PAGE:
Gag was right. It takes about a day and a half to get used to typing on it.

There are a couple keys that are in unfamiliar places.

  1. The +/= sign is in the top left corner of the board. It seems weird at first, but when one is coding, it actually is pretty beneficial because it allows one to hit =" to set up a string quickly.
  2. I’m a chronic left-thumb spacebar user so it took awhile to get used to having the spacebar transformed into a button next to the right thumb. Now, I’m a right-thumb spacebar user.
  3. It took me 7 weeks to figure out the left & right arrow keys are on the left side of the keyboard, split from the up and down arrow keys that still sit on the right side.
  4. The backspace, ctrl, alt, home, end, and delete all sit by the left thumb. Once you get used to it the locations become time savers.
  5. There are two windows keys, page up, page down, enter and space by the right thumb. A little time for adjustment but, once again, when you train yourself to remember it, it’s a time saver.
  6. There are custom keys, shortcuts, places for macros and extra special buttons to turn keys on the right side into number pads.
  7. And, yes, it takes time to get used to going straight up the keyboard to reach instead of going to the side. Once you get that sorted out, you’re great.

Get to the afternoon on the second day, you’ll start flying through emails and writing assignments.

The issues I have with the keyboard

When you turn the right keys into a keypad, the p becomes the subtraction key. The problem is that p is often used in coding to set pixel widths. This means a chronic back & forth if you want to use the keyboard’s number pad setting. We’re currently shopping for a left-hand number pad instead. While we’re at it, we’re going to either get a high-end gaming pad or a Wacom Intuos pen tablet, like the one Katie uses to fly through work.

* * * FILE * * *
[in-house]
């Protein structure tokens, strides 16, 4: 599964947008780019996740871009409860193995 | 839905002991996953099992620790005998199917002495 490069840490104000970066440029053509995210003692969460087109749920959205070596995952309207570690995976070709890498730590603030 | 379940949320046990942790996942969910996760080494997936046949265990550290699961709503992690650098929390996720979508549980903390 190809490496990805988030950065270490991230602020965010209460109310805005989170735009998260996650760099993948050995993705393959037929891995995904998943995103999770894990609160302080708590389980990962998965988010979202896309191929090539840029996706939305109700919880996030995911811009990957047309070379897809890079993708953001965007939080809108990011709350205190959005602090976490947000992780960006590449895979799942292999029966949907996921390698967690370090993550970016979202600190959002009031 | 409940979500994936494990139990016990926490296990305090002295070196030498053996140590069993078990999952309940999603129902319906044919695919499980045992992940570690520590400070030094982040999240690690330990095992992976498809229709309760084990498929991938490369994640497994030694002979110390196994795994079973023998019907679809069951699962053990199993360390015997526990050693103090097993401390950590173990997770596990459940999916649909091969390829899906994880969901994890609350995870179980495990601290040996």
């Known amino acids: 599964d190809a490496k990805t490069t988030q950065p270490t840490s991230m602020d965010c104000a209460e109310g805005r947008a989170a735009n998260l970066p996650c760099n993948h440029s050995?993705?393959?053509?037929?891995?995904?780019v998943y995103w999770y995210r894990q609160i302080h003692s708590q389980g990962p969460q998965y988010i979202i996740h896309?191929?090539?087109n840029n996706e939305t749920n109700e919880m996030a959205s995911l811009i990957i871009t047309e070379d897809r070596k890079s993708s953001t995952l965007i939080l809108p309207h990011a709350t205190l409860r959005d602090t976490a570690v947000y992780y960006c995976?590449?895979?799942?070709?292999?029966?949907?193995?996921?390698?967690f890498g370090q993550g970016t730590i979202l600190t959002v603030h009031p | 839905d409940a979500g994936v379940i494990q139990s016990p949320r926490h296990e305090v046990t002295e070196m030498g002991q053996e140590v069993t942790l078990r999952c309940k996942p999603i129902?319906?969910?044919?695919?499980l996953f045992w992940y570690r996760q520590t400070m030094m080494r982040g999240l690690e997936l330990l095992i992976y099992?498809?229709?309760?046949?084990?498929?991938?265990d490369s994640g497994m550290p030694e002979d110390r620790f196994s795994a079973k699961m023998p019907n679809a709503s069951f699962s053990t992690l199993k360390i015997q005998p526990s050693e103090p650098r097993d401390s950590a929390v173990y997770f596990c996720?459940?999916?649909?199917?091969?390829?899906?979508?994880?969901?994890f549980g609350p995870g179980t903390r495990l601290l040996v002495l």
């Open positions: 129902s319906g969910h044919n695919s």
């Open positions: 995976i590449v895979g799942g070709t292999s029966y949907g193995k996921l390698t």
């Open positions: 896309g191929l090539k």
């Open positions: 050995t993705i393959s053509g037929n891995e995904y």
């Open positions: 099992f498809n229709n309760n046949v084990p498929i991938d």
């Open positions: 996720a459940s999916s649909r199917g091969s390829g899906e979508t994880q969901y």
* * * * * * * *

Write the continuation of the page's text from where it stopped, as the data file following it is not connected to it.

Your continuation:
Other than the adjustment period and the lack of a number pad, I fly when using the thing. And those adjustments made me come up with solutions that enhanced my work day. When even the weaknesses of a product provide ample opportunity for improvement, you’ve got a good product on your hands. Or, in this case, under your hands.

Final thoughts on the Kinesis Advantage MPC USB / QD keyboard

I’m using a second-hand, 8-year-ish-old Kinesis Advantage MPC USB / QD keyboard, and it’s held up better than the last 10 Microsoft Keyboards I’ve used. It feels like I’m just breaking it in. And if anything ever really does happen to it, Kinesis has an incredible care policy for their machines.

I hope I, too, continue to use it for 10 years, and more:



And I hope to remember to never buy another keyboard under $100 ever, again.

You were right, Gag. I only wish I would have started using it the moment I got home.